Exploring lawlessness on the high seas opened a window into a dark world. On the Outlaw Ocean, stowaways are cast overboard and left to die hundreds of miles from land. Workers are enslaved through debt or forced onto ships, sometimes for years. Hardly anyone is held accountable for the thousands of seafarers, fishermen and migrants who die every year because of unsafe vessels, territorial disputes and violence aboard ships. Murder is committed on camera, witnesses pose for selfies, footage is posted online, but no one investigates. Ships intentionally dump more oil and sludge into the ocean every three years than the Deepwater Horizon and Exxon Valdez spills combined. Reporting this series over the past 20 months, I found that crimes at sea result not from an absence of law, but from a lack of enforcement.
I traveled last year to Palau, which, in trying a different approach to exert some control over its waters, quickly found itself in a David-and-Goliath battle â€” one that I chronicled in a Times Magazine story this week. Palau is an archipelago nation in the western Pacific that is barely as big as Philadelphia; with just one patrol ship, Palau has been trying to police waters the size of France, and itâ€™s up against an onslaught of hundreds of foreign poacher ships. Can Palau win? What might its efforts teach the rest of the world about ocean conservation?
My reporting was motivated by more complex questions as well. For example, I wanted to find out if there is a connection between the subpoverty wages paid to workers on tuna boats and the near obliteration of the global shark population. I also wondered how it is possible that researchers now predict there will be more plastic in the ocean than fish by 2050. Despite the focus on illegal fishing, might overfishing be an even bigger problem? (After all, four out of every five fish that turns up on an American dinner plate is legally caught.) This last is a particularly thorny and high-stakes question because it shifts attention from offshore scofflaws to Western and Asian consumers (What do we eat?), and to the governments that write the rules (How much fish can be taken from the sea?).
The worldâ€™s oceans are a mess partly because of this lawlessness â€” some countries lack the political will, others the resources to intervene. Palau is surrounded by super trawlers, state-subsidized poacher fleets, mile-long drift nets and predator buoys, all of which are rapidly depleting regional fish stocks. Climate change, which drives mega-cyclones, ocean acidification, rising sea levels and warming marine temperatures, also plays a big role.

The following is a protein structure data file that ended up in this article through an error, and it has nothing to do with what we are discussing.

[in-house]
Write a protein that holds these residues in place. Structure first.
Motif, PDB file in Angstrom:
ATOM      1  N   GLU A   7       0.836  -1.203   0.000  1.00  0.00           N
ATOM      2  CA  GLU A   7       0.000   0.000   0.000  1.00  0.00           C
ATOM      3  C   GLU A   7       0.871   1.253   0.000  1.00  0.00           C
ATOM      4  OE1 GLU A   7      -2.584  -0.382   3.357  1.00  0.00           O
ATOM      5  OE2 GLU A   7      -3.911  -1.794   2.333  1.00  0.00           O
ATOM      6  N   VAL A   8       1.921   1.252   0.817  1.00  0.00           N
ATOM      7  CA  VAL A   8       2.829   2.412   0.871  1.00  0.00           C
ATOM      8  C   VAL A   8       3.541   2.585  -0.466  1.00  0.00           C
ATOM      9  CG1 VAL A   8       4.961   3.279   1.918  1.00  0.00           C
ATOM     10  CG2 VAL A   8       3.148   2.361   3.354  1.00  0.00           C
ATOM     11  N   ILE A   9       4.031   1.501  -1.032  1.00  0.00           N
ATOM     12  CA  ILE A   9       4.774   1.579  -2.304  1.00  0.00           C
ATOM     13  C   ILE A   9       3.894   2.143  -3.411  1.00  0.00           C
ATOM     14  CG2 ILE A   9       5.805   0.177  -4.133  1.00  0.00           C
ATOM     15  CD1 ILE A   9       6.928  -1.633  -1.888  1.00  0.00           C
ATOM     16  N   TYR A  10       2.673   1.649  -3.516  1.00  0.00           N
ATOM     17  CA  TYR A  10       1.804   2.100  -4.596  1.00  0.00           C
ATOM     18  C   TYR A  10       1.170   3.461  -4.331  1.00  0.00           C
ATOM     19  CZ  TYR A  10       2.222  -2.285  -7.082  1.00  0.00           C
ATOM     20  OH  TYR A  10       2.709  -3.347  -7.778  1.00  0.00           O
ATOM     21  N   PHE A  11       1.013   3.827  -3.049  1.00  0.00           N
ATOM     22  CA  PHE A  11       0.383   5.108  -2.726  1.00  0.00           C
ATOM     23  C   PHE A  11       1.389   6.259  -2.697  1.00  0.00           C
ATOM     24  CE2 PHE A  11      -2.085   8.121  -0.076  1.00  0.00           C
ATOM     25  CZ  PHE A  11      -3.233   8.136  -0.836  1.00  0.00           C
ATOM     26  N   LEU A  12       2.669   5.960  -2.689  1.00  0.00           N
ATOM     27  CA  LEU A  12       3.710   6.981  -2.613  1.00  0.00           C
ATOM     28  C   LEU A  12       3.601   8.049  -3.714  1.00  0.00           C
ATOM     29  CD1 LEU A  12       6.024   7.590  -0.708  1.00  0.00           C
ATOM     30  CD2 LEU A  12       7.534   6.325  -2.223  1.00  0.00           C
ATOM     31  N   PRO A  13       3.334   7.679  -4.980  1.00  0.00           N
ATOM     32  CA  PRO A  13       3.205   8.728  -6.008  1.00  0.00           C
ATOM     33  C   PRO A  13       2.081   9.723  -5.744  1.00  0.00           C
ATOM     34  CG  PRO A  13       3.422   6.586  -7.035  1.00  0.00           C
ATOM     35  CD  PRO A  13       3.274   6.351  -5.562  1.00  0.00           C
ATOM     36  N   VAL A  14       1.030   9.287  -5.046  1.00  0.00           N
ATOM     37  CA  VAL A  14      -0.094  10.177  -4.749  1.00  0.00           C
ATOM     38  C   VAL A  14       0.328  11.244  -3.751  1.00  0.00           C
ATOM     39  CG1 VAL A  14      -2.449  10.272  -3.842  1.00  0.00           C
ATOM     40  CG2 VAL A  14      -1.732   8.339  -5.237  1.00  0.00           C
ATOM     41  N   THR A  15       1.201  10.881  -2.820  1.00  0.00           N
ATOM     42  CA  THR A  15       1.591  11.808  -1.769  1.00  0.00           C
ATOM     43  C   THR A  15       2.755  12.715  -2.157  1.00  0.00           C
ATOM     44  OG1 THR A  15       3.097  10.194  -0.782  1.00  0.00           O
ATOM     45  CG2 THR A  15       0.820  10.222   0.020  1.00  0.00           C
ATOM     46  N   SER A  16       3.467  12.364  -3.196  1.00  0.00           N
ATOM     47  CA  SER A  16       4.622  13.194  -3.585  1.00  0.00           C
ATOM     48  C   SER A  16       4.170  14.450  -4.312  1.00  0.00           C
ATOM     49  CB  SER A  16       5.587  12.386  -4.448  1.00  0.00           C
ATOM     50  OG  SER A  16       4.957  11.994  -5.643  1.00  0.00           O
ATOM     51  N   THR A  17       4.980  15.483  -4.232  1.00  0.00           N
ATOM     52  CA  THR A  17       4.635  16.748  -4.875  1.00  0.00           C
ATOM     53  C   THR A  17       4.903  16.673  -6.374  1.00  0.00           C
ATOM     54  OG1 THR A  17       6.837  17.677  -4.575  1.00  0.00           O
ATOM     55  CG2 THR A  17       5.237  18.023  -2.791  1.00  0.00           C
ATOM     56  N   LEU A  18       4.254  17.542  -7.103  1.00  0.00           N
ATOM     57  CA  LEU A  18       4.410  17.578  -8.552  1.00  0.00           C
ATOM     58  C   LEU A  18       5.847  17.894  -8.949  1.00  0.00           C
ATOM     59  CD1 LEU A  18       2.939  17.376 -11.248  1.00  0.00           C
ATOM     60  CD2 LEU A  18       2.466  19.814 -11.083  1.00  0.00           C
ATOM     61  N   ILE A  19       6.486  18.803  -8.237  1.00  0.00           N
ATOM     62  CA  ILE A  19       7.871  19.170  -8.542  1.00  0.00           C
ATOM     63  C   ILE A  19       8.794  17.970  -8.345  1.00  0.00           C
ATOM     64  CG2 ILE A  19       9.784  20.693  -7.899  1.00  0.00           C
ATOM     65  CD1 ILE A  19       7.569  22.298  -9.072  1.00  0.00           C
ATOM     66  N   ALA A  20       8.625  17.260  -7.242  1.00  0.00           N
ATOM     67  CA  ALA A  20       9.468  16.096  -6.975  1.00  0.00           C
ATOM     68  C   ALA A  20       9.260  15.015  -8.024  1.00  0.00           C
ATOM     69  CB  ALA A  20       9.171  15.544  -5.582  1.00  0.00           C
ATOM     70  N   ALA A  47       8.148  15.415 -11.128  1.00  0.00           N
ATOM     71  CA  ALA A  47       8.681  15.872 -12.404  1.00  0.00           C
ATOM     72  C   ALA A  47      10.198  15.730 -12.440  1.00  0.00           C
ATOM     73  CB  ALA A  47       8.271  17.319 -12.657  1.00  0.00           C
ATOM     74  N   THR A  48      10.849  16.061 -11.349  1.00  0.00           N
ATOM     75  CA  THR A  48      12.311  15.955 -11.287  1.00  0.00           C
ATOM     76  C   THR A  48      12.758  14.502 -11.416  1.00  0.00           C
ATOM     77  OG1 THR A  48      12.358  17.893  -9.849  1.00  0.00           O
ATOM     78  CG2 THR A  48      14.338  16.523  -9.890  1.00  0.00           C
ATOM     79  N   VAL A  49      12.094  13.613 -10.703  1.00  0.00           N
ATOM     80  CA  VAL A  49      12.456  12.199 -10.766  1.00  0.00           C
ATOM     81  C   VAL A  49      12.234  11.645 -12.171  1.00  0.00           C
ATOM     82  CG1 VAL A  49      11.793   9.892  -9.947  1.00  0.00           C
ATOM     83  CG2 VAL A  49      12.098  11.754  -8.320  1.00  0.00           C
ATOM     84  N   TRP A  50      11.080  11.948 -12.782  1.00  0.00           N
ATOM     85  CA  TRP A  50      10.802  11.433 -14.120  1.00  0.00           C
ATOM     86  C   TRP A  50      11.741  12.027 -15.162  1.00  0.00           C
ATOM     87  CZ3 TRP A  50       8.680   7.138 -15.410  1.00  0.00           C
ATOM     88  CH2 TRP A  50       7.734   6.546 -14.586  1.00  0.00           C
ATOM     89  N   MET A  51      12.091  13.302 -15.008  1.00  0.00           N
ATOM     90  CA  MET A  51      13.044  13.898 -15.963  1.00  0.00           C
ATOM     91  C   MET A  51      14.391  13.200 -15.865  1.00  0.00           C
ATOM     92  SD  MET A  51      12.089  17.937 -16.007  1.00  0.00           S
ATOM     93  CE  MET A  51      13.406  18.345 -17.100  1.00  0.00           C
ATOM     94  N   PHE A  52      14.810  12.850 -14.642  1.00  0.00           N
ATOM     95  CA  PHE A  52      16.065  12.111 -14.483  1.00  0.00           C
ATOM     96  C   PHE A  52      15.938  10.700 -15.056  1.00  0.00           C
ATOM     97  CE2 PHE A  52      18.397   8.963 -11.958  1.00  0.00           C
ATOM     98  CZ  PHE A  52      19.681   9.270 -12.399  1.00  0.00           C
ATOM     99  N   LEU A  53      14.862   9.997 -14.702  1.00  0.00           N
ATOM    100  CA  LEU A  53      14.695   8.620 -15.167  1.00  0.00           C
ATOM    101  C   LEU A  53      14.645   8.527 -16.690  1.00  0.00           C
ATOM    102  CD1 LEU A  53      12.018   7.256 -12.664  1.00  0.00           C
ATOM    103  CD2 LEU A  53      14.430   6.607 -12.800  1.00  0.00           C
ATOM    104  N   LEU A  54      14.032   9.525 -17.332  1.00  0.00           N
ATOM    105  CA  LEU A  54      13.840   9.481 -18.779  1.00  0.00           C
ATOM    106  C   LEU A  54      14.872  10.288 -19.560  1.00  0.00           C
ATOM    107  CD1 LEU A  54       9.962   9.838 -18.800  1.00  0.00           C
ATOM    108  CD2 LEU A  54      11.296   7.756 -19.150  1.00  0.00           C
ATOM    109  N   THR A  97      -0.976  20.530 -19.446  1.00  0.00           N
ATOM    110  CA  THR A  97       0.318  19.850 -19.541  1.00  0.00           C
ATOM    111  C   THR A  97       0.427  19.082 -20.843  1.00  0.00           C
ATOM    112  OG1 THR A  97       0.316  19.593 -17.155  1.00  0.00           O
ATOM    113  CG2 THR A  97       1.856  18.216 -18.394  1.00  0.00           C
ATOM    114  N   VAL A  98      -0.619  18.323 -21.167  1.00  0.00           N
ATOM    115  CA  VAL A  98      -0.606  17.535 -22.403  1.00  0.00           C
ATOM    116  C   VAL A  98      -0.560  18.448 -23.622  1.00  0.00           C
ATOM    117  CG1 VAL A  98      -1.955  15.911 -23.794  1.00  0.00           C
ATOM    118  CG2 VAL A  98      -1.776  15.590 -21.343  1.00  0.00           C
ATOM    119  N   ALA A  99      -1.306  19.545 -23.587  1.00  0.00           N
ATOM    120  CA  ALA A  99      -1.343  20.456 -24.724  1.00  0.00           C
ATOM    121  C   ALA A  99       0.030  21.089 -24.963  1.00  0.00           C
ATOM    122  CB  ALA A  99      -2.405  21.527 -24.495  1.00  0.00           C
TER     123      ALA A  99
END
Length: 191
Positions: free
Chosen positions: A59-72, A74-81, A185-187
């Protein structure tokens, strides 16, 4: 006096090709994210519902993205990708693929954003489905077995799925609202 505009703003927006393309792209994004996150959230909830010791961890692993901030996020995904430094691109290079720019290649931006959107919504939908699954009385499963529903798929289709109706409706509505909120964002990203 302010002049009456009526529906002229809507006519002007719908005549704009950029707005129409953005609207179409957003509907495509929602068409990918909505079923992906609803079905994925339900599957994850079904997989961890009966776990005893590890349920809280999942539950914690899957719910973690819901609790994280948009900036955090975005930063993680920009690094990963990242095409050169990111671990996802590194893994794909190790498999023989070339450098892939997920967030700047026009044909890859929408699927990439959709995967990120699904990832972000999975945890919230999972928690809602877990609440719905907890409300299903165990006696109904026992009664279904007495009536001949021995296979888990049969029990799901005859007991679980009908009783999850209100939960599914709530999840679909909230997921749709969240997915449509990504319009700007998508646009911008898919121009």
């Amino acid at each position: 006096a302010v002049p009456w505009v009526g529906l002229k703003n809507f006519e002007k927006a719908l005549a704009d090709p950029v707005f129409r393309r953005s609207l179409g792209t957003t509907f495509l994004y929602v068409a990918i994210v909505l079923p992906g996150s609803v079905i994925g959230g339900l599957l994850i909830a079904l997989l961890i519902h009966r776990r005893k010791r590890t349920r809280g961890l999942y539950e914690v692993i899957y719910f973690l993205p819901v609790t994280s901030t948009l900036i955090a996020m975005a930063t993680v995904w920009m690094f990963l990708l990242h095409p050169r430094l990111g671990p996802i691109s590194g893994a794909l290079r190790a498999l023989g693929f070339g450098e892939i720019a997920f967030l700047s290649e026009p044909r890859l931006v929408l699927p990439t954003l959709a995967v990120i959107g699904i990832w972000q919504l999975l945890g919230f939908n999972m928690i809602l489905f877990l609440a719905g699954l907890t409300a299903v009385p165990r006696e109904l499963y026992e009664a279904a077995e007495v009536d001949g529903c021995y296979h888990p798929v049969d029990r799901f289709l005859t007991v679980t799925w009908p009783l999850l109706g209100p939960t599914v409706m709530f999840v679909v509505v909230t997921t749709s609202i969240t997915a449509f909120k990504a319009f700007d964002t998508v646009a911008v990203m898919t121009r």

The Palauan officers I shadowed were well aware that theirs is a Sisyphean task. At one point during a night patrol about 40 miles offshore, these officers sat in the wheel room of the Remeliik, the countryâ€™s lone patrol ship. One of them mentioned the name Elias Camsek Chin, sparking laughter from the others. They explained that when they seize an illegal fishing boat and arrest the crew, the officers typically take up a clothing collection for the deckhands, who tend to have little to wear. A former senator and vice president of Palau, Mr. Chin is known as a tireless campaigner, who often hands out election T-shirts, many of which end up in the officersâ€™ donation pile. The officers told me that the Remeliik stops at least one boat a year on which crew members sport â€œVote for Camsek Chinâ€ T-shirts, one of the officers said. â€œThese guys just keep coming back.â€
On a break from sea patrols, I flew on a Cessna to Angaur, a speck of an island in Palauâ€™s far south. My pilot was Stephan Schulz, a pale, baby-faced German missionary, who works for a group called Pacific Mission Aviation that takes food, medical help and the word of God to outer-island people. Equipped only with binoculars, the missionary pilots have also been helping Palau police its waters and have contributed to a half-dozen arrests over the past few years. Aerial surveillance is the most expensive and effective method for patrolling the sea, but Palau lacks its own aircraft.
We landed on a dirt runway carved into a thick jungle plateau and drove to the dock where a dozen men, mostly self-described fishermen, sat around talking about the local monkey population, which, they said, had grown out of control. The monkeys were stealing from their gardens, invading homes.
We inspected the only boat on the island that was big enough to carry residents to the capital. It was broken down, as it is most of the time. We toured a school and saw donated computers â€” of limited use because the island has no Internet service.
Along the way, the teacher, the shopkeeper, the dock mechanic and others quietly pulled Mr. Schulz aside to remind him of things they needed him to bring next visit: batteries, antibiotics, lined booklets for the coming school exam.
â€œPretty uneventful,â€ Mr. Schulz said as we flew back to Koror, Palauâ€™s most populous island. Mr. Schulz seemed embarrassed that he could not have shown me more. I replied that it simply seemed as if Angaur was a place where time stood still. He agreed. The problem is that bigger forces in the waters all around Angaur continue to grow.